This normalization method uses the global median of log intensity ratios on each chip as the normalization factor. The global median log intensity ratio is calculated across all spots on the chip, and then this value is subtracted from the log intensity ratio for each spot. The global median of the normalized log intensity ratios equals zero.
This normalization method uses the global mean of log intensity ratios on each chip as the normalization factor. The global mean log intensity ratio is calculated across all spots on the chip, and then this value is subtracted from the log intensity ratio for each spot. The global mean of the normalized log intensity ratios equals zero.
This normalization method is similar to the mean normalization method except that a trimmed mean of log intensity ratios on each chip is used as the normalization factor in place of the overall mean. A trimmed mean is calculated by discarding a certain percentage of the lowest and the highest log intensity ratios and then computing the mean of the remaining log intensity values. It is less susceptible to the effects of extreme values. In our experiments, we used a trimming percentage of 1% from both the lowest and highest data values.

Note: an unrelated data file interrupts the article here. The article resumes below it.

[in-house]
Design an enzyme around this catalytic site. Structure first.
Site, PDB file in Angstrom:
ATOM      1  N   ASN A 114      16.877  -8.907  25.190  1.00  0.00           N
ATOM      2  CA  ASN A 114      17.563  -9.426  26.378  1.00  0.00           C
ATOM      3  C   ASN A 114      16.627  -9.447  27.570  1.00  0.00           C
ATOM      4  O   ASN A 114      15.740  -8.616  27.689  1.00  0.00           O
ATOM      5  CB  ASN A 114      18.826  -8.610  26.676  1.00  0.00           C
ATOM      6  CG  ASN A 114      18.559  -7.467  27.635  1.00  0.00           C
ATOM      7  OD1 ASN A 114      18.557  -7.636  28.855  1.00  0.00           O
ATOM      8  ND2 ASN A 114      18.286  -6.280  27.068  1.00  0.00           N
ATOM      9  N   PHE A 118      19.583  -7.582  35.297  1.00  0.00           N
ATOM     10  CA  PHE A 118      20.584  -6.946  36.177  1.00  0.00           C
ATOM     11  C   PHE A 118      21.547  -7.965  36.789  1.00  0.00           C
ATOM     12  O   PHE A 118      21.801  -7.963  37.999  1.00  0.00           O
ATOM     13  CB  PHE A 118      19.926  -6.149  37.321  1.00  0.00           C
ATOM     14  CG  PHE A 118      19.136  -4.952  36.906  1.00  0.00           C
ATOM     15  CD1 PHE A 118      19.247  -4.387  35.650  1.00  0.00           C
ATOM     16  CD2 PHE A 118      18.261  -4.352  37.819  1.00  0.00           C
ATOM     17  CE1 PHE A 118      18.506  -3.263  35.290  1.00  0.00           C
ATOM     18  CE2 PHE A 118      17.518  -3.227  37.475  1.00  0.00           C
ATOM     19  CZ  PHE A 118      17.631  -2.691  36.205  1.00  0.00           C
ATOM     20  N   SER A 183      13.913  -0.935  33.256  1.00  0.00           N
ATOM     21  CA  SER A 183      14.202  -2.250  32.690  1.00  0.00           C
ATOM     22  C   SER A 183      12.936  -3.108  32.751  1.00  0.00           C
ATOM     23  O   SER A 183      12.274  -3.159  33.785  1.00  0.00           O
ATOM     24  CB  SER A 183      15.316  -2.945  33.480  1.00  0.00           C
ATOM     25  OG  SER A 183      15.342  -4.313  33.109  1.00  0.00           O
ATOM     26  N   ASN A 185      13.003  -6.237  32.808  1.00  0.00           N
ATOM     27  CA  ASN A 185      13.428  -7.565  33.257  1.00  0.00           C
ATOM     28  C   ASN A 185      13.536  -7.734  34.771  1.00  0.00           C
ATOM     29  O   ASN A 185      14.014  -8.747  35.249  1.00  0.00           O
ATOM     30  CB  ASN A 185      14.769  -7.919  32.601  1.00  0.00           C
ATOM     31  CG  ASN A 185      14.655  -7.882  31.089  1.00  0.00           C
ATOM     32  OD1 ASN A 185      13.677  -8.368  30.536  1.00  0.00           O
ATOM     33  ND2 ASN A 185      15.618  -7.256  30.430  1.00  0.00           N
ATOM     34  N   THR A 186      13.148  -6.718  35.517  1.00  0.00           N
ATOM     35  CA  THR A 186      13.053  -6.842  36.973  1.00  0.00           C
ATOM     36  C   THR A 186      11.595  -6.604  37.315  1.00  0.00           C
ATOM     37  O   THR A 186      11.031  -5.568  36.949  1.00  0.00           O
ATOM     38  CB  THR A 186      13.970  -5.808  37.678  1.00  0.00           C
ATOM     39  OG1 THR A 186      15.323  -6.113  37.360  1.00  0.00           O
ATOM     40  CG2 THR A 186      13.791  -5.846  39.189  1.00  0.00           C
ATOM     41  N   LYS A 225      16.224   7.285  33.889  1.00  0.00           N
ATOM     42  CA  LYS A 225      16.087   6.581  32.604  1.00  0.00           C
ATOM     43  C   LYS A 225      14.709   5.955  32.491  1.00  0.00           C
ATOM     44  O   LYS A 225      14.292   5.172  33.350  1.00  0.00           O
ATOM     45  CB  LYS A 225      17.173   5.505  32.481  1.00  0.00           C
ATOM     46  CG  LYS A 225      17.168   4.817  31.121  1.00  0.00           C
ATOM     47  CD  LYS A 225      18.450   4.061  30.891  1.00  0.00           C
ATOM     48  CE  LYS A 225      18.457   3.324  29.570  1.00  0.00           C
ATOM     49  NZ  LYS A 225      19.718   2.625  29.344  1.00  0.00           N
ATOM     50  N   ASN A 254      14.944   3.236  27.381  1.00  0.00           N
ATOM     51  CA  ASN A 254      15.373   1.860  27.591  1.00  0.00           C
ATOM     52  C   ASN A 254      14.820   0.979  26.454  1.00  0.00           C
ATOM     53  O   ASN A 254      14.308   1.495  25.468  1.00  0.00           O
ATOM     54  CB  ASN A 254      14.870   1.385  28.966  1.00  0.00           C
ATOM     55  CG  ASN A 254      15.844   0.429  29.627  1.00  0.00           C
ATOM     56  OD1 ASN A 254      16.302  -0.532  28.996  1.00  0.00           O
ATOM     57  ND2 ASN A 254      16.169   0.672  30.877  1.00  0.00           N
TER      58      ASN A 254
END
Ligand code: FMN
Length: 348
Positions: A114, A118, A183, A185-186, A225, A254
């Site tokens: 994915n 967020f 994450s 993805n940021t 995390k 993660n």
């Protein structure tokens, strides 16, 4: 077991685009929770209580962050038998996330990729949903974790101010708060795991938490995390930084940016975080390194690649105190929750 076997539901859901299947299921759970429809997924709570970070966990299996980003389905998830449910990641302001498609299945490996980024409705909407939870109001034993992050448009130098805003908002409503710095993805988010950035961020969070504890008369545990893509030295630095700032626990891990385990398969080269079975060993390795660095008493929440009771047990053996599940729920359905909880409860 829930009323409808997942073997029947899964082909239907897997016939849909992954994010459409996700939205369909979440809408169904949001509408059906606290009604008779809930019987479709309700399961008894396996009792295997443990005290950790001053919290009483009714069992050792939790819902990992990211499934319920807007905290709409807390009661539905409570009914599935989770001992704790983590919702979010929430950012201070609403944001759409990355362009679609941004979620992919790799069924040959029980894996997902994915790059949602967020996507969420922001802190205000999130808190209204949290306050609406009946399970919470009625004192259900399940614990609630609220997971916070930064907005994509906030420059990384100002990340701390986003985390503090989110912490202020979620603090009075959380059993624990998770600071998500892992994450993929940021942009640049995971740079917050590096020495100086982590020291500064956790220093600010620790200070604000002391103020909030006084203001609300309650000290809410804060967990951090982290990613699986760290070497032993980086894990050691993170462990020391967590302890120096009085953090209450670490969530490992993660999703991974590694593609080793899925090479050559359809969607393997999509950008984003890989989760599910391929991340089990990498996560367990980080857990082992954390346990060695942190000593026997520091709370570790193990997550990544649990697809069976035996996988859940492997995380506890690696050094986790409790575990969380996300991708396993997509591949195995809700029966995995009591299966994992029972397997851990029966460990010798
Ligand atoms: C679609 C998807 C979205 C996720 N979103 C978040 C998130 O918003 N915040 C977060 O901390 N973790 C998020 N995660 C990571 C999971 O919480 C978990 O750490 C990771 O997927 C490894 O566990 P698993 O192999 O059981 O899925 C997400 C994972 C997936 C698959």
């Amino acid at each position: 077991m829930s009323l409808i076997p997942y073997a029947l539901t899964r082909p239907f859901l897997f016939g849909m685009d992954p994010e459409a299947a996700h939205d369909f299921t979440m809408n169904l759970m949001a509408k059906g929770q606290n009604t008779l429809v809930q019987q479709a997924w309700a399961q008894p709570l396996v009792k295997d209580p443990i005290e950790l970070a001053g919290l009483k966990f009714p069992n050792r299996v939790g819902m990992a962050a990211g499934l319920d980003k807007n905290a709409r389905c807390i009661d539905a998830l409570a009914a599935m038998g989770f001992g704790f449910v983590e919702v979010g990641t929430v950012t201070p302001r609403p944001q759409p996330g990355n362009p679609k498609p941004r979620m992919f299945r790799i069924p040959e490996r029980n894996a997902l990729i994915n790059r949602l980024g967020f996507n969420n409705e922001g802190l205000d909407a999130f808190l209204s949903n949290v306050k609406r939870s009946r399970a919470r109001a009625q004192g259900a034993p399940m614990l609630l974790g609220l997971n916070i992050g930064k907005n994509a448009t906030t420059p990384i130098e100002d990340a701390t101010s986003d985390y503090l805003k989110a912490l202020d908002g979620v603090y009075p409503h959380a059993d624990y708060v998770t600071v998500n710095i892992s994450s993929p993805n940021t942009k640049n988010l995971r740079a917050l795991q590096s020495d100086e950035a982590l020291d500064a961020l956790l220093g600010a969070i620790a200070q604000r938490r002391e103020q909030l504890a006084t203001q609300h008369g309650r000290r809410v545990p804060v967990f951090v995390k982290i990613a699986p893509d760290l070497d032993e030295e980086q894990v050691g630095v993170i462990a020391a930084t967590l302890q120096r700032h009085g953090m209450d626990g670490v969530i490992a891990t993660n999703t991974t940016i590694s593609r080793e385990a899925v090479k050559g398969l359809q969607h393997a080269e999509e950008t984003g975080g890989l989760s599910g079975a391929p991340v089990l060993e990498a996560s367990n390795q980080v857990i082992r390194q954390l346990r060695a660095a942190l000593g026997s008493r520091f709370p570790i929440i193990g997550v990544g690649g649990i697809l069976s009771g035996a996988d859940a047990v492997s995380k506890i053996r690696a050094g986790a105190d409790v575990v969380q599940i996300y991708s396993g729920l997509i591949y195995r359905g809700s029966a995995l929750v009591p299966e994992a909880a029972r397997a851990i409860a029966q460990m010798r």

Lowess normalization assumes that the dye bias might be dependent on spot intensity. Let (logG, logR) be the green and red background-corrected log intensities. Then, (M, A) are defined by M = log(R/G) and . Note that M is the unnormalized log ratio.
The adjusted log ratio for the jth miR is computed by: Mj*(Aj) = Mj - c(Aj), where c(Aj) is the lowess curve fit to the MA plot. For the calculations presented in this paper, the lowess curve was calculated using the R function loess with a span set at 0.5 .
Quantile normalization  assumes that the distribution of miR abundances is nearly the same in all samples. For convenience, an artificial reference chip is created by pooling intensities across all chips in the experiment to produce an intensity reference distribution. This reference distribution is described by a distribution function F 2 . To normalize each chip, the distribution of miR intensities for that chip (e.g. denoted by the distribution function F 1 ) is transformed to equal the reference intensity distribution. Operationally, this transformation is accomplished by determining for each signal intensity on the chip its quantile in the chip's intensity distribution and replacing that value with the value having that quantile in the reference distribution. In a formula, the transform is